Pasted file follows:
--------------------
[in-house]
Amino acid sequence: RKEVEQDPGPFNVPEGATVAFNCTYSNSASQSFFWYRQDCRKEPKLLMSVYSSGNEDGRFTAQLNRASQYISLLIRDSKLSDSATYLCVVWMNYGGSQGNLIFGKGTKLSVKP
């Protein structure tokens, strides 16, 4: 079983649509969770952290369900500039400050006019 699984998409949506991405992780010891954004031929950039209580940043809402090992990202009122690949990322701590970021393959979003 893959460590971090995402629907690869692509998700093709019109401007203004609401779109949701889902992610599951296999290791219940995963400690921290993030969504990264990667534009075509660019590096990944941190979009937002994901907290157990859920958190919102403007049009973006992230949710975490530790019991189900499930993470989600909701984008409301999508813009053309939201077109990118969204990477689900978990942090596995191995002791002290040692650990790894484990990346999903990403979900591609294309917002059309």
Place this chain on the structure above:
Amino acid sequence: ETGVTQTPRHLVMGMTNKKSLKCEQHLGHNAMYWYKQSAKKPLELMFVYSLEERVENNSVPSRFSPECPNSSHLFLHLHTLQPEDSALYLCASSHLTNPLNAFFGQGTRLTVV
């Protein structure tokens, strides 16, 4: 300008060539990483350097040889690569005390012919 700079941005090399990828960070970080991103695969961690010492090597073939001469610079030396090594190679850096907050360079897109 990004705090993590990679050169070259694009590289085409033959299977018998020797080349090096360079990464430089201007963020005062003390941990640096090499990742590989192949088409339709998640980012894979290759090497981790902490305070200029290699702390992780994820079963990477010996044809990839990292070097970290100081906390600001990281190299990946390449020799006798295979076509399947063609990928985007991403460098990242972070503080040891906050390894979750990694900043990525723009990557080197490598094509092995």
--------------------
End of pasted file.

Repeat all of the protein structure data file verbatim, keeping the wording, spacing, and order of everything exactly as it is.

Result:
[in-house]
Amino acid sequence: RKEVEQDPGPFNVPEGATVAFNCTYSNSASQSFFWYRQDCRKEPKLLMSVYSSGNEDGRFTAQLNRASQYISLLIRDSKLSDSATYLCVVWMNYGGSQGNLIFGKGTKLSVKP
């Protein structure tokens, strides 16, 4: 079983649509969770952290369900500039400050006019 699984998409949506991405992780010891954004031929950039209580940043809402090992990202009122690949990322701590970021393959979003 893959460590971090995402629907690869692509998700093709019109401007203004609401779109949701889902992610599951296999290791219940995963400690921290993030969504990264990667534009075509660019590096990944941190979009937002994901907290157990859920958190919102403007049009973006992230949710975490530790019991189900499930993470989600909701984008409301999508813009053309939201077109990118969204990477689900978990942090596995191995002791002290040692650990790894484990990346999903990403979900591609294309917002059309």
Place this chain on the structure above:
Amino acid sequence: ETGVTQTPRHLVMGMTNKKSLKCEQHLGHNAMYWYKQSAKKPLELMFVYSLEERVENNSVPSRFSPECPNSSHLFLHLHTLQPEDSALYLCASSHLTNPLNAFFGQGTRLTVV
């Protein structure tokens, strides 16, 4: 300008060539990483350097040889690569005390012919 700079941005090399990828960070970080991103695969961690010492090597073939001469610079030396090594190679850096907050360079897109 990004705090993590990679050169070259694009590289085409033959299977018998020797080349090096360079990464430089201007963020005062003390941990640096090499990742590989192949088409339709998640980012894979290759090497981790902490305070200029290699702390992780994820079963990477010996044809990839990292070097970290100081906390600001990281190299990946390449020799006798295979076509399947063609990928985007991403460098990242972070503080040891906050390894979750990694900043990525723009990557080197490598094509092995």